Sermon preached on Sunday, September 16, 2012 at Garden Valley Chapel during our morning worship service based on 1 Corinthians 11:23c-24.
Turn in your Bible, if you will, to the eleventh chapter of the book of 1 Corinthians - 1 Corinthians eleven where we continue our study on the Lord´s Table.
It was Edward Reynolds (1593-1676 - one of pastors who was chosen for Assembly of Divines at Westminster) who noted in his work titled, "Meditations on the Holy Sacrament of the Lord´s Last Supper" the following concerning the bread and wine of our Lord´s Table:
"It neither stood with the outward poverty of Christ, nor with the benefit of the church, to institute such sumptuous [i.e. splendid and expensive-looking] and gaudy elements, as might possess too much the sense of the beholder, and too little resemble the quality of the Saviour. And therefore He chose His sacraments rather for the fitness, than the beauty of them; as respecting more the end, than the splendor or riches, of His Table; and intended rather to manifest His divine power in altering poor elements into a precious use, than to exhibit any carnal pomp, in such delicious fare, as did not agree with the spiritualness of His kingdom."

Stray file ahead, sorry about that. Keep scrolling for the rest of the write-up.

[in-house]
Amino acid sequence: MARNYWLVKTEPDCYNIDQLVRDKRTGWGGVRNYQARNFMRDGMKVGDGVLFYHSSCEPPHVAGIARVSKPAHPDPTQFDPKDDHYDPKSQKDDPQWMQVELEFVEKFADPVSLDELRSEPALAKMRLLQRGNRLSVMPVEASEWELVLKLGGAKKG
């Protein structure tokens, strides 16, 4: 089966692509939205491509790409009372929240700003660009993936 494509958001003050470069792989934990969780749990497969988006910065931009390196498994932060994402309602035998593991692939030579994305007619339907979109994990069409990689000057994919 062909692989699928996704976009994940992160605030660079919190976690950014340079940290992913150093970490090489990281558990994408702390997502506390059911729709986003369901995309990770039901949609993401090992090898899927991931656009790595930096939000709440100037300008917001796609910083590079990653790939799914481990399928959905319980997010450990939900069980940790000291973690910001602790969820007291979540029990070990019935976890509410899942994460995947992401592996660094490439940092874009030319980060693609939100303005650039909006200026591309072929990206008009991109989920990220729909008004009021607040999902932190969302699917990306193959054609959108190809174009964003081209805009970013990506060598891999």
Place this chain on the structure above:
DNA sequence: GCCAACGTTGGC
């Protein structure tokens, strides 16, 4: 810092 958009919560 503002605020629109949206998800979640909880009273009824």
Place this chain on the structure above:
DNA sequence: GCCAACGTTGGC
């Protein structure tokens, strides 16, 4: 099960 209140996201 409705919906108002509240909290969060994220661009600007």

God in His wisdom has chosen such "poor elements," common elements such as bread and wine as the elements used in His holy sacrament.
He has chosen to feed "His Daniels rather with pulse [vegetables], than with all the dainties on the king´s table" (Reynolds).
It is no surprise that God has chosen the "foolish things of the world to shame the wise, and God has chosen the weak things of the world to shame the things which are strong" (1 Cor 1:27).
But He does not limit foolish things and weak things to men and women who are foolish, week, and common so as to trust in Jesus Christ as Savior and Lord, but God in Christ has chosen the most basic of elements to signify the "spiritualness of His kingdom" - using what is common to be what is most sacred, both the bread and wine.